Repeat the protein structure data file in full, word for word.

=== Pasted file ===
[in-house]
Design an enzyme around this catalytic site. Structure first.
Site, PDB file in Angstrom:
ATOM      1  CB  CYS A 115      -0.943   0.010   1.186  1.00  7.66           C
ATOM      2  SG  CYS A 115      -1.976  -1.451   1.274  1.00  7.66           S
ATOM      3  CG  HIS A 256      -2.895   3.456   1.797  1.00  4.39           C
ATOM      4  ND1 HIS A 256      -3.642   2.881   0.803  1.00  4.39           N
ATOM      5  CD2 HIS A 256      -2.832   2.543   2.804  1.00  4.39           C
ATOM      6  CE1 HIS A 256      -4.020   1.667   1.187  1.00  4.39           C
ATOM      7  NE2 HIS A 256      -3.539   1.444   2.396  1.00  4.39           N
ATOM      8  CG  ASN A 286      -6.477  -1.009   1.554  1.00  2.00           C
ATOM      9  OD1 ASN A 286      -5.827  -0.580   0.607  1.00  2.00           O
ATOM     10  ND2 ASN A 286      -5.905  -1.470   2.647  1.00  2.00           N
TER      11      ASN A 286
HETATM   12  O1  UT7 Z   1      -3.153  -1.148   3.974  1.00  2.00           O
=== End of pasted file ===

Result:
[in-house]
Design an enzyme around this catalytic site. Structure first.
Site, PDB file in Angstrom:
ATOM      1  CB  CYS A 115      -0.943   0.010   1.186  1.00  7.66           C
ATOM      2  SG  CYS A 115      -1.976  -1.451   1.274  1.00  7.66           S
ATOM      3  CG  HIS A 256      -2.895   3.456   1.797  1.00  4.39           C
ATOM      4  ND1 HIS A 256      -3.642   2.881   0.803  1.00  4.39           N
ATOM      5  CD2 HIS A 256      -2.832   2.543   2.804  1.00  4.39           C
ATOM      6  CE1 HIS A 256      -4.020   1.667   1.187  1.00  4.39           C
ATOM      7  NE2 HIS A 256      -3.539   1.444   2.396  1.00  4.39           N
ATOM      8  CG  ASN A 286      -6.477  -1.009   1.554  1.00  2.00           C
ATOM      9  OD1 ASN A 286      -5.827  -0.580   0.607  1.00  2.00           O
ATOM     10  ND2 ASN A 286      -5.905  -1.470   2.647  1.00  2.00           N
TER      11      ASN A 286
HETATM   12  O1  UT7 Z   1      -3.153  -1.148   3.974  1.00  2.00           O